Devices using Windows Phone 7 will have just three main form factors to choose from, the company said during the most recent episode of the Frankly Speaking podcast. The hosts, who are both Developer Evangelists for Microsoft Australia, confirmed details of the chassis program that had been rumored for much of last year. Chassis 1 is now known to be limited to full-touchscreen phones that use a 1GHz processor or faster and will be the first to meet the late 2010 shipping target.
Chassis 2 phones will resemble many common Windows Mobile phones and combine a touchscreen with a sliding QWERTY keyboard. Chassis 3 isn't explained but is likely to involve phones with fixed-in-place keyboards. Other chassis details weren't discussed, though Microsoft has already said that Chassis 1 hardware will need a wide VGA (800x480) or better display. 3G, GPS and Wi-Fi are also believed to be requirements.
The policies are a stark contrast against Microsoft's attitude towards Windows Mobile, where it has often touted choice of design as a positive. Windows Phone 7 is intended to provide much tighter integration between hardware and software and will have Microsoft writing and supplying many of the drivers itself, which should speed up development and permit fast firmware updates but also limit the variety of hardware. Vendors like Apple and Palm have lately been given favorable reviews precisely because their mobile OS interfaces and features are often tailored to a narrow range of hardware.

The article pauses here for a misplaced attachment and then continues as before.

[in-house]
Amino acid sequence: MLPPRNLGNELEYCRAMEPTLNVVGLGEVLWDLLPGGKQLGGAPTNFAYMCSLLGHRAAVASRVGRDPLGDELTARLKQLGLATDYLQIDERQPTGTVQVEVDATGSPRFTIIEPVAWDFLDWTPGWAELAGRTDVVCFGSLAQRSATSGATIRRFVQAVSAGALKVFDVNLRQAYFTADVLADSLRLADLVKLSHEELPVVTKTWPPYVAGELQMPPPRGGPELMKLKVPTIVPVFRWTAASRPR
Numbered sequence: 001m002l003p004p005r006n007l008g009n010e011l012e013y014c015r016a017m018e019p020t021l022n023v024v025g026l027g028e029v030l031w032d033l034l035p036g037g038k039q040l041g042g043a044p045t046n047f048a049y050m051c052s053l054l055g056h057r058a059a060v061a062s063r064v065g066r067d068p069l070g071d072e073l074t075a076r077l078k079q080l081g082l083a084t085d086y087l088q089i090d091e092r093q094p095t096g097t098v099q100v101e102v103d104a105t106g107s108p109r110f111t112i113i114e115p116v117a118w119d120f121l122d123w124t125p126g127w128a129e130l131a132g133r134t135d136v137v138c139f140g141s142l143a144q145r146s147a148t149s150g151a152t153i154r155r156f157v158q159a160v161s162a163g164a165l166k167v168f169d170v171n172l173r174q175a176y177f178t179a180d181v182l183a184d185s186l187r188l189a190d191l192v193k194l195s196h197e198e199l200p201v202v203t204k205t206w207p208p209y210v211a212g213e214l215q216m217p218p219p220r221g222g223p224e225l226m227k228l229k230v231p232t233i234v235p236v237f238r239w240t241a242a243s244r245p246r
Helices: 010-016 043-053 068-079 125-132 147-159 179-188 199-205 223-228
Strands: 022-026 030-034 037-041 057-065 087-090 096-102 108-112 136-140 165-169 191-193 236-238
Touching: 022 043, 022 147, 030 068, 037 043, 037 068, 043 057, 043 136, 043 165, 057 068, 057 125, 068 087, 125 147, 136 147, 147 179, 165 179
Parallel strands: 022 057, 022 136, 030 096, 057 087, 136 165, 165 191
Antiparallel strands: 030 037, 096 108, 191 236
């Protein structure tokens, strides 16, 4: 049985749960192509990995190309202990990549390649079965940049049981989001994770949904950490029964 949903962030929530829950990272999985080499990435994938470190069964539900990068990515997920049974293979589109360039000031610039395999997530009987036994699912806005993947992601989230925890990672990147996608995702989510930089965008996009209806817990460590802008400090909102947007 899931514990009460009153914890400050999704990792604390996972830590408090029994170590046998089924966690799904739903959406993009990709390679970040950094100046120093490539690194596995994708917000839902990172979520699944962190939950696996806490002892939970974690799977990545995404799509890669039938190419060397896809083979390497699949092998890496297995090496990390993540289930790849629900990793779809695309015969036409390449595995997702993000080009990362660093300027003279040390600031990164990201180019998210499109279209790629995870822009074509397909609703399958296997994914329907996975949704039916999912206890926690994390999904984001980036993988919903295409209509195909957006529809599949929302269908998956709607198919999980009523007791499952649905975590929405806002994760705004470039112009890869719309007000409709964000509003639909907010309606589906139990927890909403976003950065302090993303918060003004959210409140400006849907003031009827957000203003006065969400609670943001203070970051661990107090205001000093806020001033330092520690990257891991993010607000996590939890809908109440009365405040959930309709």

Alongside the chassis details, it's also rumored that many of the Xbox-style games built using XNA may not be possible until Windows Phone 7.1, which is unlikely to show until 2011. The source behind the slip didn't explain why, although it's implied the developer framework for outside apps isn't ready.